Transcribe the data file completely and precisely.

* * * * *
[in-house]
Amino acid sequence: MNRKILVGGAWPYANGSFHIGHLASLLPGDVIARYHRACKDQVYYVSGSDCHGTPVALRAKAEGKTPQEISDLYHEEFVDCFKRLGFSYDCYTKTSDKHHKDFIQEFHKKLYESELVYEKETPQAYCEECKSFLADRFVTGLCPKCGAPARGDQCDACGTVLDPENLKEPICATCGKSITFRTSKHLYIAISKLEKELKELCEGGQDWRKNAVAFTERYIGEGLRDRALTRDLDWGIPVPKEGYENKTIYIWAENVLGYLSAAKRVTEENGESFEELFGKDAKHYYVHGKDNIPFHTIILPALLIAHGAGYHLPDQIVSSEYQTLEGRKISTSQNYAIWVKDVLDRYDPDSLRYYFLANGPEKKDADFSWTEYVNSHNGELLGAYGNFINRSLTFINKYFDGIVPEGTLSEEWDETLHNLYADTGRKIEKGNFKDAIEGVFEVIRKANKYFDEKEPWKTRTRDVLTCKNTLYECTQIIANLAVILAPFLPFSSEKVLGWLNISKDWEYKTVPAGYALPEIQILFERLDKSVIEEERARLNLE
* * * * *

[in-house]
Amino acid sequence: MNRKILVGGAWPYANGSFHIGHLASLLPGDVIARYHRACKDQVYYVSGSDCHGTPVALRAKAEGKTPQEISDLYHEEFVDCFKRLGFSYDCYTKTSDKHHKDFIQEFHKKLYESELVYEKETPQAYCEECKSFLADRFVTGLCPKCGAPARGDQCDACGTVLDPENLKEPICATCGKSITFRTSKHLYIAISKLEKELKELCEGGQDWRKNAVAFTERYIGEGLRDRALTRDLDWGIPVPKEGYENKTIYIWAENVLGYLSAAKRVTEENGESFEELFGKDAKHYYVHGKDNIPFHTIILPALLIAHGAGYHLPDQIVSSEYQTLEGRKISTSQNYAIWVKDVLDRYDPDSLRYYFLANGPEKKDADFSWTEYVNSHNGELLGAYGNFINRSLTFINKYFDGIVPEGTLSEEWDETLHNLYADTGRKIEKGNFKDAIEGVFEVIRKANKYFDEKEPWKTRTRDVLTCKNTLYECTQIIANLAVILAPFLPFSSEKVLGWLNISKDWEYKTVPAGYALPEIQILFERLDKSVIEEERARLNLE